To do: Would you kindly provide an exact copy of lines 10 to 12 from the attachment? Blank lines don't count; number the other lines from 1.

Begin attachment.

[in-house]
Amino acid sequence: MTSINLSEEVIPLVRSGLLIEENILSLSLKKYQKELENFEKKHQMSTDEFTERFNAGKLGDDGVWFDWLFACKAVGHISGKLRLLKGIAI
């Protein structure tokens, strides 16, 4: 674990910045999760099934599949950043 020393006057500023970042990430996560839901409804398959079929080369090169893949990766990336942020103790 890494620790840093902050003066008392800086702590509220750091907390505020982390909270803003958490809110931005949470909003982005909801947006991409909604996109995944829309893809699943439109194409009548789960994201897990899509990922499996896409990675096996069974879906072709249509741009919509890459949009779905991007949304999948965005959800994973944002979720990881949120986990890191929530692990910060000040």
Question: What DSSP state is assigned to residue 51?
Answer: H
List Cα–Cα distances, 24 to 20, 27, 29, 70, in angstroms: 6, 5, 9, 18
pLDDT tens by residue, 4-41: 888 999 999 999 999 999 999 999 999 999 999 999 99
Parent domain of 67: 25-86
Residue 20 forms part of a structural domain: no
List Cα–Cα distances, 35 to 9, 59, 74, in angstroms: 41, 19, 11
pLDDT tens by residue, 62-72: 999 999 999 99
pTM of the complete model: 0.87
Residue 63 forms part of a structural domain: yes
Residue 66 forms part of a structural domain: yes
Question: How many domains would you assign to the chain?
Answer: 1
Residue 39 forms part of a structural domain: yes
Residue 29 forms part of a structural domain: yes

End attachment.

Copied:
List Cα–Cα distances, 35 to 9, 59, 74, in angstroms: 41, 19, 11
pLDDT tens by residue, 62-72: 999 999 999 99
pTM of the complete model: 0.87